Whether you already have a 35mm film camera or are looking to get one, the Nikon F2 is about as good as an SLR camera can possibly be.
If you’ve ever used a Nikon F2 before, you already know that it is rare to find such quality in a 35mm camera or even a digital camera for that matter. Once you get used to it, most alternatives just seem cheap or flimsy. I don’t mean to knock on other 35mm cameras – I still have a soft spot in my heart for a good copy of a Minolta X-370 (my first camera growing up) or a Pentax Spotmatic (my father’s camera from his time in the service). The Nikon F2, however, is on a level entirely on its own. They were made for nearly 10 years (1971-1980) before it was replaced by the F3; an electronic camera compared with the all mechanical F2.
To start, they’re pretty affordable and can be had for around $125-$150 for the body of the cheapest model. And yes, there is more than one model. There are 5 different “Photomic” models of the F2 which have a metering prism that use the original body: original, S, SB, A, and AS. Other editions were made as well but are far rarer and more expensive. Of the primary 5 models of the F2, the only difference between them is the metering prism. The biggest difference between the A and AS models and their earlier counterparts is that they only work with Ai-S lenses whereas the other lenses can work on all mechanical Nikon F mount lenses so long as they have the meter coupling shoe (a.k.a., “rabbit ears”) to communicate the aperture you’ve got the lens set to with the metering prism. Otherwise, the A model (using the DP-11 prism) and the original model (using the DP-1 prism) are the exact same prism which use a more primitive metering needle which can be a bit difficult see when there isn’t ample light coming through the top of the meter. Similarly, the AS (DP-12 prism) and the SB (DP-3 prism) offer the same performance metering using “+ 0 -” LEDs. The S model using the DP-2 prism is kind of the odd man out still using “+ > < -” LEDs.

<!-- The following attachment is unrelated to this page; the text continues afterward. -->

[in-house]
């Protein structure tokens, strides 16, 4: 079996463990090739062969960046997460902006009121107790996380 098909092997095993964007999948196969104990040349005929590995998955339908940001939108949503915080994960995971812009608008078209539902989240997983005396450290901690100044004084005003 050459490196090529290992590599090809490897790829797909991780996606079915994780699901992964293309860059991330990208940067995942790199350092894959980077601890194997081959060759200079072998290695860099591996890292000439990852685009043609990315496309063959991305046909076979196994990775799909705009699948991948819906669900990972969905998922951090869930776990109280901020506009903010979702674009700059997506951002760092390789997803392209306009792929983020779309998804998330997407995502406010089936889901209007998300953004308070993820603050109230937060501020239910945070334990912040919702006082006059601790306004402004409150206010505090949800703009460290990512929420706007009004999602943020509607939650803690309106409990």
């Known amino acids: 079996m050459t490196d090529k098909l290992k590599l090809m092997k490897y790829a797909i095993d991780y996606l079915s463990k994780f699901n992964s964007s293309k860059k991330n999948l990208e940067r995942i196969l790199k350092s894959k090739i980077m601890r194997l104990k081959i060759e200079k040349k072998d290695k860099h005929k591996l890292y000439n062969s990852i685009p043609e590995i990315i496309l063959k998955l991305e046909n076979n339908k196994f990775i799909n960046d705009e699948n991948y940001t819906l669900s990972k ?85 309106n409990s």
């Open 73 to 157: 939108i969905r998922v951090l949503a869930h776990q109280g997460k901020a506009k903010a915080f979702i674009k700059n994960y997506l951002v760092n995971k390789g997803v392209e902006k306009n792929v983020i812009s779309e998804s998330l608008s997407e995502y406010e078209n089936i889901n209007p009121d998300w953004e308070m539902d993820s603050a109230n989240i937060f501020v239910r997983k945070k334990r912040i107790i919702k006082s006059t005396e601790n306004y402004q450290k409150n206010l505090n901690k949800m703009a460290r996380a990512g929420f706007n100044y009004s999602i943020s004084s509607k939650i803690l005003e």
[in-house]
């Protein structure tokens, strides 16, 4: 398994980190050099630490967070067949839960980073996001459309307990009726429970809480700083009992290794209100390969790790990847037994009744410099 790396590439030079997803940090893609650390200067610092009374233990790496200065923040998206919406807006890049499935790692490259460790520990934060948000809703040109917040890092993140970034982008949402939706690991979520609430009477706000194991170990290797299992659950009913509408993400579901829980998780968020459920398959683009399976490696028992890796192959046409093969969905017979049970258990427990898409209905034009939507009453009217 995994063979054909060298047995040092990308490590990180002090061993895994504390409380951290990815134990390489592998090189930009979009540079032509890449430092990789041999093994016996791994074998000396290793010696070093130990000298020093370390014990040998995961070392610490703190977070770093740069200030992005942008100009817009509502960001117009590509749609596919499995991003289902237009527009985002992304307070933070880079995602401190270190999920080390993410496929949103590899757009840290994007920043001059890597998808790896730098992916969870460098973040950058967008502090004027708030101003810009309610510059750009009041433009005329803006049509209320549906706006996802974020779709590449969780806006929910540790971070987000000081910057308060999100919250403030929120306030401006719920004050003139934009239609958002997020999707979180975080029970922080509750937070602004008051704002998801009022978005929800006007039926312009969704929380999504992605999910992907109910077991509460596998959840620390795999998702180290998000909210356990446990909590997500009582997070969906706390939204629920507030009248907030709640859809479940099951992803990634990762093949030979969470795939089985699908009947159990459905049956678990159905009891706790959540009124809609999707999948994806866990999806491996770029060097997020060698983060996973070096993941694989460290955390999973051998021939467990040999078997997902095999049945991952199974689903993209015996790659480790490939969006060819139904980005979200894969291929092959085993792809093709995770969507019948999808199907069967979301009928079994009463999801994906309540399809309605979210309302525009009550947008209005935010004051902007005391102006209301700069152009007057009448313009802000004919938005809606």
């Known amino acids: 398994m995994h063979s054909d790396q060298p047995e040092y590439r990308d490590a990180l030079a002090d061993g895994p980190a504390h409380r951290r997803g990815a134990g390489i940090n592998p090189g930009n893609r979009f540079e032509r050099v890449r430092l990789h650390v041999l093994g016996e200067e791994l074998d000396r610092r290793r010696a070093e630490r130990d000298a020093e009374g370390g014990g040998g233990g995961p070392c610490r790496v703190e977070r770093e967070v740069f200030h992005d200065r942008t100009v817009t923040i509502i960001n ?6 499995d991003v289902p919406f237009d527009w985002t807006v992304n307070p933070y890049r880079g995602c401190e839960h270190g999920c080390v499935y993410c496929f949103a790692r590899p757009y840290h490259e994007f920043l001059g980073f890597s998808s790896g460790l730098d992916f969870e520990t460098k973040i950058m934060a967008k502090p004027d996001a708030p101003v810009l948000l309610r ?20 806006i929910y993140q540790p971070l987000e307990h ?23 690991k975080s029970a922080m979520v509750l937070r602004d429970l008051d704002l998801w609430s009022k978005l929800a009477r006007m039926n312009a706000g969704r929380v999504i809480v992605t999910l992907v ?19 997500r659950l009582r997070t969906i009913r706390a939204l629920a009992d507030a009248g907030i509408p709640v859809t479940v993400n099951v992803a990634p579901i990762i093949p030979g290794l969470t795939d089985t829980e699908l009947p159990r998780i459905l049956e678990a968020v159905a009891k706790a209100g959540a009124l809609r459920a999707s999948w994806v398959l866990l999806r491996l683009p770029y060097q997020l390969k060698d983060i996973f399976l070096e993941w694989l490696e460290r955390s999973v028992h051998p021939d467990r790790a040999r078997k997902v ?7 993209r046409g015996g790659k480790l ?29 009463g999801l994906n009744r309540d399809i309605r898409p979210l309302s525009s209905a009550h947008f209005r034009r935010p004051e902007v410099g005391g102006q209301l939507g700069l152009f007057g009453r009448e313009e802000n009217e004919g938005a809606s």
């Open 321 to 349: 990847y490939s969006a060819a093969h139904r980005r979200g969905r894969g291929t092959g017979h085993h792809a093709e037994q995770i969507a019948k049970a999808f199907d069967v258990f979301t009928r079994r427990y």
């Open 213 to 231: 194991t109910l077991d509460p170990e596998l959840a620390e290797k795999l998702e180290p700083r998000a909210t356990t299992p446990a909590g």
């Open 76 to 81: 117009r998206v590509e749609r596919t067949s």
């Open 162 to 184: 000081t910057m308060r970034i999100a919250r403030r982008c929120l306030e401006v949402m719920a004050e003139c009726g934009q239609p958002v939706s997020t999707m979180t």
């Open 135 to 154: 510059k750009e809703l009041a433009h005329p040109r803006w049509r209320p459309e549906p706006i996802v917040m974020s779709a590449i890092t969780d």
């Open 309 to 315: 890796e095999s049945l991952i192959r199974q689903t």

As I mentioned above, the build quality of the F2 is superb. I would best just about anything that if someone was to shoot through a couple rolls using an F2 and then picked up a Pentax, Minolta, or Canon, you’d be disappointed. It’s such a solid, well built machine that feels unstoppable. So much so that a good friend of mine had one survive a house fire and it still works (see below). I kid you not. The only thing that could possibly be conceived as a weakness of the F2 is the mirror dampener. On my first F2, it was pretty brittle from years of not using and me changing out the focusing screen. It looked a little rough after but worked just fine from shutter speeds of 1/60th or faster for a 35mm lens. It used to be 1/30th but I think the loss of some of the dampener made it land a bit too hard at slower speeds.
Image of Burnt Nikon F2 Courtesy Of Matt Seal